Did you know that your Mac keeps older versions of the documents you work on, auto-saving them in the background so you can go back to a previous revision, any time you like? It’s just like Time Machine, Apple’s Mac backup feature, only it’s for individual files. It even lets you compare old and current versions of your file, side-by-side. It’s called file versioning, and it’s pretty rad.
October 25, 2003: Mac OS X Panther arrives on Macs, bringing a number of useful new features.
Exposé lets users instantly view all open windows at once; iChat AV allows users to talk with audio and video as well as text. The new Mac OS also makes Safari Apple’s default web browser for the first time.
You probably spend a lot of time in the macOS Finder. Much of it is likely spent pointing and clicking, using the trackpad pointer to duplicate files, or to click back to the folder you were in a moment ago.
But, like most Mac apps, the Finder offers a ton of useful keyboard shortcuts — to create new folders, navigate files and change what you see in the Finder window. If you learn a couple of them, you can spend a lot less time dithering with your mouse. You will also look like a cool TV or movie hacker if you click on the keyboard instead.
Today, we’ll look at the most useful day-to-day Finder keyboard shortcuts.
Renaming a single file in the Finder isn’t too bad. You can click on its name and type in a new one. But what if you want to rename a whole bunch of files at once? Maybe you want to add the same text to the beginning of every file, or add a number to the end of a folder full of MP3 recording to keep them in the right order. Do you have a folder full of photos named IMG_00xx.JPG that need to be called dads_wedding_00x.jpg instead? Or perhaps that intern spelled the company name wrong on every single one of a hundred files, and you need to correct that word on every file?
In the olden days, you would have to either a) research, download, buy, and learn to use a new bulk-renaming app or b), punish your intern by making them correct everything by hand, before finally resorting to a) anyway because the intern screwed it up again. Now, the Finder has powerful bulk-renaming tools built in, so you can just take care of it all in a couple of minutes, and have your intern make you a coffee instead. If they can be trusted to do it, that is.
There are less than two weeks until Apple introduces the next version of macOS at the WWDC. While the rumor mill has been busting out tons of hardware leaks, details have been scant on the software side of things.
Apple is expected to reveal some amazing features for the Mac with the new software update. We still don’t know everything that will be included in macOS 10.13, but of course, we have our own wish list of the features that we really hope make it onto the Mac.
This is what we want to see in Apple’s next big update:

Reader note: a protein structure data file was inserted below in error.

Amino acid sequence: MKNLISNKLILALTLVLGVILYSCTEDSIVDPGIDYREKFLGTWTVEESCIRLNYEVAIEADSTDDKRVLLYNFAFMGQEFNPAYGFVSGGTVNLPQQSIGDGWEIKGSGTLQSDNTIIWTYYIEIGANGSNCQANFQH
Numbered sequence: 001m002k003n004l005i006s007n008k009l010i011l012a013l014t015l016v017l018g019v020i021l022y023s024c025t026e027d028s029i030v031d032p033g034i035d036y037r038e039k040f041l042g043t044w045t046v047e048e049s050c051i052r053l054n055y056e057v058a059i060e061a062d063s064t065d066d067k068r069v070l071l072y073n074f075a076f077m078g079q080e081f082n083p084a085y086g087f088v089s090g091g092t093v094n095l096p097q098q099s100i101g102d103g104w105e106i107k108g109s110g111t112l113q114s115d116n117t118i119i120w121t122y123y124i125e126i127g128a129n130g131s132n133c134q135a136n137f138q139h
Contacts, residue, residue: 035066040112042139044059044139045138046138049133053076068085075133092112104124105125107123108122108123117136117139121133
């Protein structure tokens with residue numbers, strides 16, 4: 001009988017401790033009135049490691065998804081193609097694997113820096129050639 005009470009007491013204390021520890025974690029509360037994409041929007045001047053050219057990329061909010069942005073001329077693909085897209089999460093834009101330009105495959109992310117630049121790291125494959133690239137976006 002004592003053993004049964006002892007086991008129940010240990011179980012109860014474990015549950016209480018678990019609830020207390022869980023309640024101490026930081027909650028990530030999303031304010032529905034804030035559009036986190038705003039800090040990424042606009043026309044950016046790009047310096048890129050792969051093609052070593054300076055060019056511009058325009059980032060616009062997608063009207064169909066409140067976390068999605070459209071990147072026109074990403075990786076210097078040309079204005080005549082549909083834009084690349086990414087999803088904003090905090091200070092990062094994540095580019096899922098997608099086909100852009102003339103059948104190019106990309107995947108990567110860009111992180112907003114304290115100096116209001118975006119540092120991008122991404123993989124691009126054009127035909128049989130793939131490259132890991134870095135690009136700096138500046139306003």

With WWDC 2017 right around the corner, it’s that time of the year when Apple can fix all the annoyances of iOS 10 and unveil something truly revolutionary for the next generation of iPhones and iPads.
Apple is expected to show off all the major features of iOS 11 at the WWDC in a couple of weeks. Surprisingly, the rumor mill has been quiet on what to expect, but that hasn’t stopped a flurry of speculation. We’ve got some ideas of our own too that we really want to see come to iOS 11.
Apple hasn’t exactly given the iPad first priority when it comes to iOS updates, but that could change next month at WWDC where the company is expected to unveil iOS 11.
Most of the iOS 11concepts we’ve seen have been all about the iPhone, but iPad power-user Federico Viticci and Sam Beckett created a beautiful concept that shows some big and simple changes that would transform the iPad from a fun tablet into a pro machine. Features like Finder, Drag and Drop between apps, multi-channel audio and more are on display in the fantastic mockup.
Apple, if you’re reading this, please steal these features:
Big changes are coming to Siri, Apple’s intelligent voice-activated assistant. For the first time, Siri will be available on the Mac and will be opened to third-party developers on iOS.
While Siri was one of the first voice-controlled AI assistants on the market, it’s fallen behind competitors like Amazon’s Alexa and Google Now, largely because it was a closed system that worked only in Apple’s apps. Opening it to developers makes it much more functional, and presents a more serious challenge to upstarts like Viv that promise to help with a wide range of services and tasks.
Maybe it’s just me, but Finder is one of the default Mac apps I find most annoying. Even though Apple introduced tabs to the default experience a few years ago, Finder still makes it harder than it should to move files from one folder on your computer to another.
Commander One, a Finder alternative for OS X 10.9 and above, makes Finder better for power users. It adds the ability to drag and drop files between two folders displayed in side-by-side panes, not windows or tabs. But there’s more to it than just that.